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Japan Seeks Stronger Ties With Ghana And Pledges Trade Insurance For Infrastructure Projects

The government of Japan has set its sights on deepening ties with Ghana and other African countries, with the development of trade insurance that is aimed at enhancing economic relations and increasing private sector investment in Africa.

According to the Prime Minister of Japan, Shinzo Abe, the Asian giant is keen to drive investment in Africa with enhanced trade insurance.

“Japan will offer enhanced trade insurance to boost private sector investment in Africa,” Prime Minister Shinzo Abe said on Wednesday, as his country competes with rival China for influence in the resource-rich continent.

The enhanced insurance is expected to fully cover loans to African governments, their affiliated institutions, or private companies buying Japanese goods for infrastructure projects in Africa, according to government briefing materials and a state-run firm offering trade insurance.

“For example, our cooperation with local financial institutions will create a new trade insurance that could cover 100% of your transactions,” Abe said in his speech.

TICAD 7 is also more business-oriented than previous iterations, as the Japanese private sector is “finally becoming serious” about the African economy, said Shigeru Ushio, director-general of the African Affairs Department of Japan’s Foreign Ministry in a recent interview.

“The (Japanese) private-sector businesses have requested (the Japanese government) to let them take the driver’s seat and speak during a plenary meeting of TICAD for the first time,” he said.

Representatives of the private and government sectors were engaged in a business dialogue session on the sidelines of TICAD 7 on 29 August, to further foster trade-ties between the two continents.

In the past, such a session was organised as a side-event – but now it will be upgraded to a plenary meeting for the first time. There are clear reasons for Japanese firms to be more serious about business in Africa.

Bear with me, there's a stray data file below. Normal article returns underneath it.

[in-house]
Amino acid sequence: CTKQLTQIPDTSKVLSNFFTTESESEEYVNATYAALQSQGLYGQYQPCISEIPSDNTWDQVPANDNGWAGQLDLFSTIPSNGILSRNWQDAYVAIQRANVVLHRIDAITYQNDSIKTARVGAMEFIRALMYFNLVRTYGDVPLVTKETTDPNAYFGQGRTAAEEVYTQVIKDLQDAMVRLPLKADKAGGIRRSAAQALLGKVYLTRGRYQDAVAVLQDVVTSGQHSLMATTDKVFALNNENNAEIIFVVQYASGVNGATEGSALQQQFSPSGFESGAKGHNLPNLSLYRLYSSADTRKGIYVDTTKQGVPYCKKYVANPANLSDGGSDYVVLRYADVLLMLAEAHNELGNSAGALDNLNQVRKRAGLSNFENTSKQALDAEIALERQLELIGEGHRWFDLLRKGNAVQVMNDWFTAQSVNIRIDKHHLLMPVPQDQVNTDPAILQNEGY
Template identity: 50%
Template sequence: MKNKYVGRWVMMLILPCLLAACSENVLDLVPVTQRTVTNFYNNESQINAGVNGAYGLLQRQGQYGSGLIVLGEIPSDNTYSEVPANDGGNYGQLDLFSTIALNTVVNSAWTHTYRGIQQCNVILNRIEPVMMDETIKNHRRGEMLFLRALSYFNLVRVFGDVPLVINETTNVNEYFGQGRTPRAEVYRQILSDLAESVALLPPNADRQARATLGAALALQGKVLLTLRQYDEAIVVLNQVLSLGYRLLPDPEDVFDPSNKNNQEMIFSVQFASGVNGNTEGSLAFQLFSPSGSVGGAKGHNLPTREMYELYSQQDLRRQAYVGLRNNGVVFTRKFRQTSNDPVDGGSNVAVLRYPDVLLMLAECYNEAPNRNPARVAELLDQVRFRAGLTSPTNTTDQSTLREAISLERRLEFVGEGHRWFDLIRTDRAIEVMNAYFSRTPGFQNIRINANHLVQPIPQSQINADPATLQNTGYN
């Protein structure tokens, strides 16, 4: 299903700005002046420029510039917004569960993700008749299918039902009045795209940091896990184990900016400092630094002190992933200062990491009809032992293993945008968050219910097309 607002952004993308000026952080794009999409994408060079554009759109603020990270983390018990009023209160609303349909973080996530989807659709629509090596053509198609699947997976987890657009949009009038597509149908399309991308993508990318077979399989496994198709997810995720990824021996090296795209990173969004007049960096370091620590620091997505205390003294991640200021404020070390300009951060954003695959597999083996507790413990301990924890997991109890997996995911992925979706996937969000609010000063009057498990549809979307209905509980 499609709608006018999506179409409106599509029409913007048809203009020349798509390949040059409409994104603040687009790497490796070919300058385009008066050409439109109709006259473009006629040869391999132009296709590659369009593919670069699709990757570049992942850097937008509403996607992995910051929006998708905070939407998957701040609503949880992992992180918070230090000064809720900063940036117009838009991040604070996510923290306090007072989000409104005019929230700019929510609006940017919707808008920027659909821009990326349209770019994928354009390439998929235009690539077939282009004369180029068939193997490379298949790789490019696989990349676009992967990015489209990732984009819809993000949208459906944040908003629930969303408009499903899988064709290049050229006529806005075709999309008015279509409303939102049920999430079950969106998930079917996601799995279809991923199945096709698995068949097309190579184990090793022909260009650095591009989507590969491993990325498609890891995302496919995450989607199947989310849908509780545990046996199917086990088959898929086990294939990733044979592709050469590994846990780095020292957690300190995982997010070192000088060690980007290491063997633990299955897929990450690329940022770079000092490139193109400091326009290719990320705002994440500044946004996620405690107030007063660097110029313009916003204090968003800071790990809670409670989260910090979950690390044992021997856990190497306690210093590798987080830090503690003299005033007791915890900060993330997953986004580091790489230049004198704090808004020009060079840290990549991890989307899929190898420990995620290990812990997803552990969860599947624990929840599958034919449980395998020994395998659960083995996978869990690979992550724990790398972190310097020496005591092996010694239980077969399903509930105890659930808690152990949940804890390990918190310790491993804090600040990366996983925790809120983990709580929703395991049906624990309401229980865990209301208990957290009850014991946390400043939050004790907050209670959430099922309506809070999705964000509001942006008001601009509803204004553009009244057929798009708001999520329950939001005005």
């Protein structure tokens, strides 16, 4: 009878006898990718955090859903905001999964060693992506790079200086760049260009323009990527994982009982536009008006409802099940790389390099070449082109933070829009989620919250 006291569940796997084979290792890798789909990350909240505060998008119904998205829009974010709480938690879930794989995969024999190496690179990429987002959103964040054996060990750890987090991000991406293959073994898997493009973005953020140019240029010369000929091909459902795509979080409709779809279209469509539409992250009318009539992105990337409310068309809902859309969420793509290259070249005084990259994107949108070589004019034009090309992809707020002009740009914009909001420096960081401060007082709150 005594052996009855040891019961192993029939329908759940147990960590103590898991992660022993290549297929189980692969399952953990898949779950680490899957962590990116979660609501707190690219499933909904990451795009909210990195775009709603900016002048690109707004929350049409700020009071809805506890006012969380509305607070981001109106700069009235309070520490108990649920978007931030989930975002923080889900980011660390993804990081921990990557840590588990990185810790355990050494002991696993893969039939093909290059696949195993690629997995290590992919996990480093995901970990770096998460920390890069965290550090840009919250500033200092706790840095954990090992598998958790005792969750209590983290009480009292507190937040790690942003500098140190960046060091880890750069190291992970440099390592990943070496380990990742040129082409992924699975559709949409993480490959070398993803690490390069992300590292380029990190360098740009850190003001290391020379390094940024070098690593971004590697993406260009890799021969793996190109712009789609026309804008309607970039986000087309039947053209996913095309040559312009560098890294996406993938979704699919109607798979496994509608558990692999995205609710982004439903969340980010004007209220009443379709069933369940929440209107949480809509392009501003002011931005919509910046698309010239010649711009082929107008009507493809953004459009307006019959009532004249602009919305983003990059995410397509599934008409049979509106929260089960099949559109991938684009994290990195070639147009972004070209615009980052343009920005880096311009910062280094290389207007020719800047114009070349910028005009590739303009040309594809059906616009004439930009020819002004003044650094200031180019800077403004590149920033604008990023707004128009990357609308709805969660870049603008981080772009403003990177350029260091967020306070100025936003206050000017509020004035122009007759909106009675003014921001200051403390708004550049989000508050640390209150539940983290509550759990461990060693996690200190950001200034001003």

Japan’s foreign direct investment stocks in Africa stood at just US$8.7bn at the end of 2017: meanwhile, France made the largest direct investment in Africa with US$64bn the same year, followed by the Netherlands with US$63bn, the US with US$50bn, Britain with US$46bn and China with US$43bn.

On the sidelines of government’s trip to Japan, Alan Kyerematen – Minister of Trade and Industry, signed an MoU between the Ministry and Toyota Tsusho Corporation of Japan at a short ceremony in Yokohama, Japan, on the margins of TICAD7. The ceremony was witnessed by President Akufo-Addo and other senior government officials.

The company is determined to establish its Ghana Plant to take advantage of the new Automobile Development Programme that was recently launched in Accra.

According to World Bank data, Ghana’s growth target for 2019 was pegged at 7.4% – mainly to be driven by the industry sector, especially oil, gas and mining. Manufacturing is also expected to post higher growth. In the medium-term (2019-2022), overall GDP is projected to grow on average at 7.0%, as the effects of oil on growth declines and non-oil growth strengthens

Many African countries are starting to look toward Asia to develop deeper economic relations and tap into the region’s abundant investment resources for funding development needs.

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